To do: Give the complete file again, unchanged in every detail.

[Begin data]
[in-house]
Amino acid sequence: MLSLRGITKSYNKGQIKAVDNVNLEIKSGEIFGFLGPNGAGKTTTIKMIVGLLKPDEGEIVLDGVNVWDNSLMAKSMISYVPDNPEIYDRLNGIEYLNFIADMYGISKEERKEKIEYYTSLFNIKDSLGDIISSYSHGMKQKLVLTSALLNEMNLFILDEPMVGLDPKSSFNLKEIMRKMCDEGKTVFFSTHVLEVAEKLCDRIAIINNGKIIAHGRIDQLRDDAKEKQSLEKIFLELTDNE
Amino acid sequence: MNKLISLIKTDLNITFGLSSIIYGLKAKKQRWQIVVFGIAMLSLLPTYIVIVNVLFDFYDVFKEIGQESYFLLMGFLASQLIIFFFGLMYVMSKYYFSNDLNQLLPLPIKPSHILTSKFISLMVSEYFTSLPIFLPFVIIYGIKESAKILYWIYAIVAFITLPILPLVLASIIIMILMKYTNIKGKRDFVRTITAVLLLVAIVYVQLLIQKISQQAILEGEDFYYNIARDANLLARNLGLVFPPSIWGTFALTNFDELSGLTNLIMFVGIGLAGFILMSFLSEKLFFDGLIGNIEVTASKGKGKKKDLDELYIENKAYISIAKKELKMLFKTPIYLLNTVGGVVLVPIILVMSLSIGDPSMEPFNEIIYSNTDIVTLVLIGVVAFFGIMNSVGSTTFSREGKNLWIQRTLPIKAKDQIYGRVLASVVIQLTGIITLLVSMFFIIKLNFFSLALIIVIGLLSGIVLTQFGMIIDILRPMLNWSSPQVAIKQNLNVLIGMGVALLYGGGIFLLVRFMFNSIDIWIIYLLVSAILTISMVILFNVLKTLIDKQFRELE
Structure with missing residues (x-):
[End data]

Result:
[in-house]
Amino acid sequence: MLSLRGITKSYNKGQIKAVDNVNLEIKSGEIFGFLGPNGAGKTTTIKMIVGLLKPDEGEIVLDGVNVWDNSLMAKSMISYVPDNPEIYDRLNGIEYLNFIADMYGISKEERKEKIEYYTSLFNIKDSLGDIISSYSHGMKQKLVLTSALLNEMNLFILDEPMVGLDPKSSFNLKEIMRKMCDEGKTVFFSTHVLEVAEKLCDRIAIINNGKIIAHGRIDQLRDDAKEKQSLEKIFLELTDNE
Amino acid sequence: MNKLISLIKTDLNITFGLSSIIYGLKAKKQRWQIVVFGIAMLSLLPTYIVIVNVLFDFYDVFKEIGQESYFLLMGFLASQLIIFFFGLMYVMSKYYFSNDLNQLLPLPIKPSHILTSKFISLMVSEYFTSLPIFLPFVIIYGIKESAKILYWIYAIVAFITLPILPLVLASIIIMILMKYTNIKGKRDFVRTITAVLLLVAIVYVQLLIQKISQQAILEGEDFYYNIARDANLLARNLGLVFPPSIWGTFALTNFDELSGLTNLIMFVGIGLAGFILMSFLSEKLFFDGLIGNIEVTASKGKGKKKDLDELYIENKAYISIAKKELKMLFKTPIYLLNTVGGVVLVPIILVMSLSIGDPSMEPFNEIIYSNTDIVTLVLIGVVAFFGIMNSVGSTTFSREGKNLWIQRTLPIKAKDQIYGRVLASVVIQLTGIITLLVSMFFIIKLNFFSLALIIVIGLLSGIVLTQFGMIIDILRPMLNWSSPQVAIKQNLNVLIGMGVALLYGGGIFLLVRFMFNSIDIWIIYLLVSAILTISMVILFNVLKTLIDKQFRELE
Structure with missing residues (x-):